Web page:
This feature article in the new issue of Sierra is by Gregory Dicum, coauthor of The Coffee Book: Anatomy of an Industry From Crop to the Last Drop (The New Press, 2006).
Dicum discusses the humble homestay accommodations for adventurous tourists in Nicaragua’s mountainous Matagalpa region, where coffee grows well in the coolness of the cloud forests. The experience also offers tourists a chance to experience life in a Central American coffee-growing familyâ€”at least for a day or two. I participated in the first CECOCAFEN homestay program about five years ago, and my coauthor Randy and I have been promoting La Ruta del Cafe for years in our books; we call it “the Great Green North.”
Dicum writes, “At its most precious, coffee is becoming like wine: attracting connoisseurs so obsessed with terroir that they adjust their travels accordingly, eager to experience the rustic–and incredibly warm–hospitality of small coffee farms. As I discovered, Central American growers are increasingly eager to accommodate.”
Dr. Chris Bacon weighs in, in a comment to the article, which he praises for bringing out the elements that differentiate this type of “agroecoturism” from traditional ecotourism:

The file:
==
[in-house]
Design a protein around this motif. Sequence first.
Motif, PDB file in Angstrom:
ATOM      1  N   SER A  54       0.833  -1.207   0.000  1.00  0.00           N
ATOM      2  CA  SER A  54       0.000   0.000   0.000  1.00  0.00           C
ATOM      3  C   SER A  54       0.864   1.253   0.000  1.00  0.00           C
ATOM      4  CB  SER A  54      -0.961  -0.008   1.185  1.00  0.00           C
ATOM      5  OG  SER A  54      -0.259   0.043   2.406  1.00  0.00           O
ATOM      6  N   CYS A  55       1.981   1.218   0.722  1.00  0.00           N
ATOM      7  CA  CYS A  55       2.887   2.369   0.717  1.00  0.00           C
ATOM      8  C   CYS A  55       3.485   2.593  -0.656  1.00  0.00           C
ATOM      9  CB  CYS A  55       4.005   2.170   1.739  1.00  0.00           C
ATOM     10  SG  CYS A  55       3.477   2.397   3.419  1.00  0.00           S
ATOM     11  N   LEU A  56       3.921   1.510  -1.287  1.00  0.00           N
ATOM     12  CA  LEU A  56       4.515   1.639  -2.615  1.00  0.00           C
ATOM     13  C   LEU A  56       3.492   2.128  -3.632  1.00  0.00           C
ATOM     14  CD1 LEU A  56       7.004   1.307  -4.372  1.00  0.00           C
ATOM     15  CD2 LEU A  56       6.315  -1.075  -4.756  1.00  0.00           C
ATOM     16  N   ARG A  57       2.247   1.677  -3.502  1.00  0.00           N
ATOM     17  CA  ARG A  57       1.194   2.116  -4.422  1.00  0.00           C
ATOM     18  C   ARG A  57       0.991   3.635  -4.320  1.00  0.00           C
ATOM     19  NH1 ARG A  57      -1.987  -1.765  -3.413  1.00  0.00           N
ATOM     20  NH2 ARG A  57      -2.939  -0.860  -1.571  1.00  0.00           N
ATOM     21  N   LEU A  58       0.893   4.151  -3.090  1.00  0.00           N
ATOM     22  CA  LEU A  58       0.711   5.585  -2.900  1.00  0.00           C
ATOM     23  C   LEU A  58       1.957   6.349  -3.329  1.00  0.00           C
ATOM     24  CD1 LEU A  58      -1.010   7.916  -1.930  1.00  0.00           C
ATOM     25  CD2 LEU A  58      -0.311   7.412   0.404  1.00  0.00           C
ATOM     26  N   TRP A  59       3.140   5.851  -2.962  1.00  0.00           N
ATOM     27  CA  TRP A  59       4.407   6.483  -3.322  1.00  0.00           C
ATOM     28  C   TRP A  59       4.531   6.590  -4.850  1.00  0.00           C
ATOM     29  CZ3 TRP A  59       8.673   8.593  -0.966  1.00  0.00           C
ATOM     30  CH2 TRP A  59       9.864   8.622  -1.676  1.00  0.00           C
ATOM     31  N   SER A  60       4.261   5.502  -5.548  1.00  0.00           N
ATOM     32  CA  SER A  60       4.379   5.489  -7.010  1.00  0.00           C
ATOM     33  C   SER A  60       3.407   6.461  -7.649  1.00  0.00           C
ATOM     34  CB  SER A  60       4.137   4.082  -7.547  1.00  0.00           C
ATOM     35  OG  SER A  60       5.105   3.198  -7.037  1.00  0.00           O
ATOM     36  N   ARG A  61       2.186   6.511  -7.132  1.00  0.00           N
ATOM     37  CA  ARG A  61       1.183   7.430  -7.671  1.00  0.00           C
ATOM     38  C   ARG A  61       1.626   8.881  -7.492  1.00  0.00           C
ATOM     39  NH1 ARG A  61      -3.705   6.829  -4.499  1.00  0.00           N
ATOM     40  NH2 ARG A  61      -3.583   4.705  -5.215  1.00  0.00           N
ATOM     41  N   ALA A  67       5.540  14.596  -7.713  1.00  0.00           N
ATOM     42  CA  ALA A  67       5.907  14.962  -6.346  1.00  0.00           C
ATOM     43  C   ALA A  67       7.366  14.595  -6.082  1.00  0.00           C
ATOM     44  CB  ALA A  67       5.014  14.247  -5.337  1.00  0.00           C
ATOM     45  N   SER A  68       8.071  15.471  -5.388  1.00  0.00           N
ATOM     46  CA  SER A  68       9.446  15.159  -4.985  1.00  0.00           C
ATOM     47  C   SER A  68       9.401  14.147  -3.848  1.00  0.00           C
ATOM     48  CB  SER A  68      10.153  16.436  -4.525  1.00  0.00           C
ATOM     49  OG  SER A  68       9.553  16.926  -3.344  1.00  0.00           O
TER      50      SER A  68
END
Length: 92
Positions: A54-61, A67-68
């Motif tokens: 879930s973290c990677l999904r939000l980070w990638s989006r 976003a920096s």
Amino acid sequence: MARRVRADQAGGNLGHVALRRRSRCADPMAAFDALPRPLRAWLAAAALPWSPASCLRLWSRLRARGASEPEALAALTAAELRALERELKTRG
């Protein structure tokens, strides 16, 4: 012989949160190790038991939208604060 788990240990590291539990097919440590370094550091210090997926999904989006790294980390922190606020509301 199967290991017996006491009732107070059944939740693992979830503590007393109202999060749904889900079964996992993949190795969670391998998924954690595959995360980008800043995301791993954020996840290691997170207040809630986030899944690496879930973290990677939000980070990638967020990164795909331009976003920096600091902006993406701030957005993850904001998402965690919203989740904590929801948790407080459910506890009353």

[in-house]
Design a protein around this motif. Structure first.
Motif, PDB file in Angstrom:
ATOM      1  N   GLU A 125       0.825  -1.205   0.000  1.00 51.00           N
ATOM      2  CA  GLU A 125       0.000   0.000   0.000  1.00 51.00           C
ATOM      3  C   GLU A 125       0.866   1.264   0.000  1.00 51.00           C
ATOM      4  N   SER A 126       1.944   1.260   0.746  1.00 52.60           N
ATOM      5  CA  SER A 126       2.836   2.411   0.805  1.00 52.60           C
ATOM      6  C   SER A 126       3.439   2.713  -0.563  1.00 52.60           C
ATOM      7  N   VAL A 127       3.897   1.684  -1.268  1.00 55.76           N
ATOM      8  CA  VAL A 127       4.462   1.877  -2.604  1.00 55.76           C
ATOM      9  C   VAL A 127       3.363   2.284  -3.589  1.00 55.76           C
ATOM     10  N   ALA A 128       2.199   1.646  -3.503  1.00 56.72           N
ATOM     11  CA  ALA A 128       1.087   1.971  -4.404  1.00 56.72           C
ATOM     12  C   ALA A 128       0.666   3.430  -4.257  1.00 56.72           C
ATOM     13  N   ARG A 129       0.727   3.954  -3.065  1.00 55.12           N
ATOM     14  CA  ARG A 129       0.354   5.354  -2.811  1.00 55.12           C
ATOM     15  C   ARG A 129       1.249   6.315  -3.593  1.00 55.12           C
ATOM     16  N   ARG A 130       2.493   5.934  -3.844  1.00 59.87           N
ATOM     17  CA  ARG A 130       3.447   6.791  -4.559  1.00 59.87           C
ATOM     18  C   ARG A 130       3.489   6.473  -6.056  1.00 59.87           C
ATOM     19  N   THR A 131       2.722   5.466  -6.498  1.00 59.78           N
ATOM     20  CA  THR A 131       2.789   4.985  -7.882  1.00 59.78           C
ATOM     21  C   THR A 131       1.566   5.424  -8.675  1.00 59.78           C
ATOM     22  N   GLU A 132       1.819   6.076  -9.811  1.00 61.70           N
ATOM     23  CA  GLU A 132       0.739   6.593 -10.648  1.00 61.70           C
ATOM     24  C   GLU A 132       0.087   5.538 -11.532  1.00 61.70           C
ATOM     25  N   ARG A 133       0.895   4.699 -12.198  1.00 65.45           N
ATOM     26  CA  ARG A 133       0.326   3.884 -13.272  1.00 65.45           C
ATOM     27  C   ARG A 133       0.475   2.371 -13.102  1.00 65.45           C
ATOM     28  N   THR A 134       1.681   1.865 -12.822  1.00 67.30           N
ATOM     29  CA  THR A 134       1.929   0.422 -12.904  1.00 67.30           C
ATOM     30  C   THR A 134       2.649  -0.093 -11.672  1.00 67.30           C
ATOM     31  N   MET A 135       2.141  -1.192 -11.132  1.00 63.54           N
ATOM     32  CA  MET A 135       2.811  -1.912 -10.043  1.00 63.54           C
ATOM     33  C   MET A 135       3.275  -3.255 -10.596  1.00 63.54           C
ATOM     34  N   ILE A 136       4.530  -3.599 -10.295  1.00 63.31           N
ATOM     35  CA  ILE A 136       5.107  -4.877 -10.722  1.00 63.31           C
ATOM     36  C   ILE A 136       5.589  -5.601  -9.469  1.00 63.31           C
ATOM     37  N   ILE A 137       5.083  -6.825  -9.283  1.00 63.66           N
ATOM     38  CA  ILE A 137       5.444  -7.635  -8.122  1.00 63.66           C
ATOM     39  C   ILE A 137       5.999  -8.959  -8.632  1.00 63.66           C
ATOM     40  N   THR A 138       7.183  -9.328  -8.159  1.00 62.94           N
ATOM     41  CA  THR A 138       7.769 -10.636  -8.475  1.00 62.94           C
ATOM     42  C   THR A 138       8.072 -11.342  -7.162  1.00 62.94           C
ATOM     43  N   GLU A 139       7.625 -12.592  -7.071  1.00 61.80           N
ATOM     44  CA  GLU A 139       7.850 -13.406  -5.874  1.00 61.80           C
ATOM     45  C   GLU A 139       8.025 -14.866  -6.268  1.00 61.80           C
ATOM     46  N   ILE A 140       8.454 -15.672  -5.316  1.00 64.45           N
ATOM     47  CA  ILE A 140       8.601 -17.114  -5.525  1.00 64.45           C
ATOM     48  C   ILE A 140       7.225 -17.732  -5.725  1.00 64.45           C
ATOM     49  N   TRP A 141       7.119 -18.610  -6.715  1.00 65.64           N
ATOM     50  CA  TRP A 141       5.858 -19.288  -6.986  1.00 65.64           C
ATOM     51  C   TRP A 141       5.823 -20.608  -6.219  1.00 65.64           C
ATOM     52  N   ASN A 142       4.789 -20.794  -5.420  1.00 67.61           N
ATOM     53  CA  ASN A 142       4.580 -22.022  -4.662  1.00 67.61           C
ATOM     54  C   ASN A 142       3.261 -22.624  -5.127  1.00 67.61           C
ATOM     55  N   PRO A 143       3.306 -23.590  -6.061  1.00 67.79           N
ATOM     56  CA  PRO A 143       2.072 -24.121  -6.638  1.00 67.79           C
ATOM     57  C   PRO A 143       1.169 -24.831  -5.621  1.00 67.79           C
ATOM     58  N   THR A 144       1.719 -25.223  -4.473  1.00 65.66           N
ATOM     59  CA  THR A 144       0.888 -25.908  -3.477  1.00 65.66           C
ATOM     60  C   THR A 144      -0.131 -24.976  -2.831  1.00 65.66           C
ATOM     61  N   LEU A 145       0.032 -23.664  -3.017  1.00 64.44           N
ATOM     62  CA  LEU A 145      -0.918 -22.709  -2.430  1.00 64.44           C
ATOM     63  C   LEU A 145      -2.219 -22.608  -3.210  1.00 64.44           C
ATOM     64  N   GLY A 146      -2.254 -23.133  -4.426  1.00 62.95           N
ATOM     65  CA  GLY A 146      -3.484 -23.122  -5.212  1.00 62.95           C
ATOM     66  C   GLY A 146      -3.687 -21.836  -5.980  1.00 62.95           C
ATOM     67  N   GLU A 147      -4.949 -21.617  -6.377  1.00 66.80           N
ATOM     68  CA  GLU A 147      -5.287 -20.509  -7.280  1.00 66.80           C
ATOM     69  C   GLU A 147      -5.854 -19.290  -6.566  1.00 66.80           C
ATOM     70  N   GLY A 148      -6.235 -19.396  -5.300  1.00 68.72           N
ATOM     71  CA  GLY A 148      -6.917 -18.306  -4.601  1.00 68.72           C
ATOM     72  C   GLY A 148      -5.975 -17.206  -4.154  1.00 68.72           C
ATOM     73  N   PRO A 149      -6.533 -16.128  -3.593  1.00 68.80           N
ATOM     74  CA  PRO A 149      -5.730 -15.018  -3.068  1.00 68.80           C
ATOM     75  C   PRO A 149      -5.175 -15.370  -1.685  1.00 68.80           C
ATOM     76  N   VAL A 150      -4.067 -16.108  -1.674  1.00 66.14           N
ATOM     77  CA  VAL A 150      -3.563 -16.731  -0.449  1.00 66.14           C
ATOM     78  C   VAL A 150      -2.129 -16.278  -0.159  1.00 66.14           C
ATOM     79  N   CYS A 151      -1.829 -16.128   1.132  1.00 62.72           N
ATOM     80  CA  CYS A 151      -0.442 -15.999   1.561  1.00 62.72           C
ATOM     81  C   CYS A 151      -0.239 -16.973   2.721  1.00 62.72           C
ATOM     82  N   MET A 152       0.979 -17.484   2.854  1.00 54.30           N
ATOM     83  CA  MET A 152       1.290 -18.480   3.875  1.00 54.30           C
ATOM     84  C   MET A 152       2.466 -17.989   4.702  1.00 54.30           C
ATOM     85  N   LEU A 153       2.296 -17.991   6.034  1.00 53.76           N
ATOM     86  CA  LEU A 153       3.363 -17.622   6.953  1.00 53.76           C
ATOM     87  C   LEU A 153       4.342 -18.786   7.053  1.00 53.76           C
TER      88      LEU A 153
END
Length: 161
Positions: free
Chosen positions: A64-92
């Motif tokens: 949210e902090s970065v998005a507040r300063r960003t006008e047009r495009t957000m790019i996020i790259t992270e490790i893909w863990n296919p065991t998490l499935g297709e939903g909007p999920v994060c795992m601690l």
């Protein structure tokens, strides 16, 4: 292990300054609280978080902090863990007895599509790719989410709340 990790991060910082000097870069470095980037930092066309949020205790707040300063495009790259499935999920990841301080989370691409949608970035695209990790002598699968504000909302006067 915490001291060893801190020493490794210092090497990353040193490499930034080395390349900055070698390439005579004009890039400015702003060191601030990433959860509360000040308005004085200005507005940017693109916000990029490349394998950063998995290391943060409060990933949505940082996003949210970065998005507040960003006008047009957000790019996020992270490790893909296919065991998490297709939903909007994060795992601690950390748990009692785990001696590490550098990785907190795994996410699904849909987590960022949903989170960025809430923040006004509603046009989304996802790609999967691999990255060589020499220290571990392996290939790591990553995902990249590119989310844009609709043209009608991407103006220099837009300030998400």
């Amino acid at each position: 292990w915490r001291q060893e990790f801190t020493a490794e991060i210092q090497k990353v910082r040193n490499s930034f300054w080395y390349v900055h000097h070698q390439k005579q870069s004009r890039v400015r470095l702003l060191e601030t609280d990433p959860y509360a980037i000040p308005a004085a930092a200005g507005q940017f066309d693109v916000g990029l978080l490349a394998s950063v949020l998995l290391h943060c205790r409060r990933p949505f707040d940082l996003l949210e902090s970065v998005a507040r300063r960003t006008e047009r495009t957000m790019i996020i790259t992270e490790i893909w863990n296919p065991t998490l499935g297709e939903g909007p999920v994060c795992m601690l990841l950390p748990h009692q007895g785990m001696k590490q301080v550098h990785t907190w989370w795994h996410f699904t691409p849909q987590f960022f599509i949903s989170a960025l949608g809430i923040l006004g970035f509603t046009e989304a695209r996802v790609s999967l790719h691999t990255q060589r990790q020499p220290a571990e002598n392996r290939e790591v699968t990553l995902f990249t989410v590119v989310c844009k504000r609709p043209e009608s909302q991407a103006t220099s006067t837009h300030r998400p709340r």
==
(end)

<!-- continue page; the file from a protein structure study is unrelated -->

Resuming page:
“1.These initiatives are owned and managed by strong community-based organizations that claim to ensure a fairER distribution of the revenues from visitors.
2.People are visiting working landscapes, farms, community managed forests, and other resources that are making an effort to produce food and beverages, that sustain both their livelihoods and the environment.”
Gives you something to chew on while you sip your cup of Fair Trade, Shade-grown, Organic-certified, Nicaguan cuppa Joe back home. As Dicum’s article concludes, “A homestay on a small Nicaraguan coffee farm is not for everyone. Conditions are rustic … rewards are immense. Coffee will never taste the same.”